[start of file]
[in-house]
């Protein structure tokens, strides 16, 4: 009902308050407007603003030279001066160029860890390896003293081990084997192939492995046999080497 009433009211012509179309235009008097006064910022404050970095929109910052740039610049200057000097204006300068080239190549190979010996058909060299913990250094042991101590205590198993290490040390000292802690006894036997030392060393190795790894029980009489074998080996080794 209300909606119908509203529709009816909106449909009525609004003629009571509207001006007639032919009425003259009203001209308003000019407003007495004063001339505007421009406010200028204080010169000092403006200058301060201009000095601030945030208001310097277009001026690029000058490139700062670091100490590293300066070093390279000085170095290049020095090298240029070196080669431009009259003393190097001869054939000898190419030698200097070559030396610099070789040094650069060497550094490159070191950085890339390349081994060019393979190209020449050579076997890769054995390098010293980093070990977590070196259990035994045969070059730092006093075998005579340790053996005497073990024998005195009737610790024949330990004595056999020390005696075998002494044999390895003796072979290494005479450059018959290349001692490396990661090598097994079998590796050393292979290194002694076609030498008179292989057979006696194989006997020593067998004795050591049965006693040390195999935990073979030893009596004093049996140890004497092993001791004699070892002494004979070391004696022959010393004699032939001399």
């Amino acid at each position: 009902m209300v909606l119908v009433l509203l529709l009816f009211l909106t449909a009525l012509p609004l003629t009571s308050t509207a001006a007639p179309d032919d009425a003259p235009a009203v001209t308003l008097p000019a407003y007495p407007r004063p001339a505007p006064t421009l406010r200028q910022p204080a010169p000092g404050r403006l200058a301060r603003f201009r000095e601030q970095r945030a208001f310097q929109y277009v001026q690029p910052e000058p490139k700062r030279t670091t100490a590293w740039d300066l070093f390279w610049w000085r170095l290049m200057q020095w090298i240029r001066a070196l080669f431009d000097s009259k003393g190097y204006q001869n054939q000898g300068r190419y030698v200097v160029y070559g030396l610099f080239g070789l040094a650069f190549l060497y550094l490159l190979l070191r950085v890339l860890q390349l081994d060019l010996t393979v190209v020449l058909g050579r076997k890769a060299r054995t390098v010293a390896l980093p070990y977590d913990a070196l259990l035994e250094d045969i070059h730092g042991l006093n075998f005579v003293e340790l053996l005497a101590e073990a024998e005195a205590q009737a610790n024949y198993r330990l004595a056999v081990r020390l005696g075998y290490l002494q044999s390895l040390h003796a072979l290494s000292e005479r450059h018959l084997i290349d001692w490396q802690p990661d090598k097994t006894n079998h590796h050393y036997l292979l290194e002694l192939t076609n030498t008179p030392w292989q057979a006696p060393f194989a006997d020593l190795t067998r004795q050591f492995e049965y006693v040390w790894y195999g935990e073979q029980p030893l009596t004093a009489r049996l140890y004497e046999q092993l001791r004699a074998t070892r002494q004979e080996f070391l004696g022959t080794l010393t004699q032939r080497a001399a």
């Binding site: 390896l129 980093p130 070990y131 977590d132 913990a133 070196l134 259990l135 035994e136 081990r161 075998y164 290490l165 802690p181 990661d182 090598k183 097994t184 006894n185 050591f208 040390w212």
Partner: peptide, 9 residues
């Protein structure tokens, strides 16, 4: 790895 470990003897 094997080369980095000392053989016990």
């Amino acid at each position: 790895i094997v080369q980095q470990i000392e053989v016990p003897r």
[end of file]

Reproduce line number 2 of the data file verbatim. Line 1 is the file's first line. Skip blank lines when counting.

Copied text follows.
């Protein structure tokens, strides 16, 4: 009902308050407007603003030279001066160029860890390896003293081990084997192939492995046999080497 009433009211012509179309235009008097006064910022404050970095929109910052740039610049200057000097204006300068080239190549190979010996058909060299913990250094042991101590205590198993290490040390000292802690006894036997030392060393190795790894029980009489074998080996080794 209300909606119908509203529709009816909106449909009525609004003629009571509207001006007639032919009425003259009203001209308003000019407003007495004063001339505007421009406010200028204080010169000092403006200058301060201009000095601030945030208001310097277009001026690029000058490139700062670091100490590293300066070093390279000085170095290049020095090298240029070196080669431009009259003393190097001869054939000898190419030698200097070559030396610099070789040094650069060497550094490159070191950085890339390349081994060019393979190209020449050579076997890769054995390098010293980093070990977590070196259990035994045969070059730092006093075998005579340790053996005497073990024998005195009737610790024949330990004595056999020390005696075998002494044999390895003796072979290494005479450059018959290349001692490396990661090598097994079998590796050393292979290194002694076609030498008179292989057979006696194989006997020593067998004795050591049965006693040390195999935990073979030893009596004093049996140890004497092993001791004699070892002494004979070391004696022959010393004699032939001399």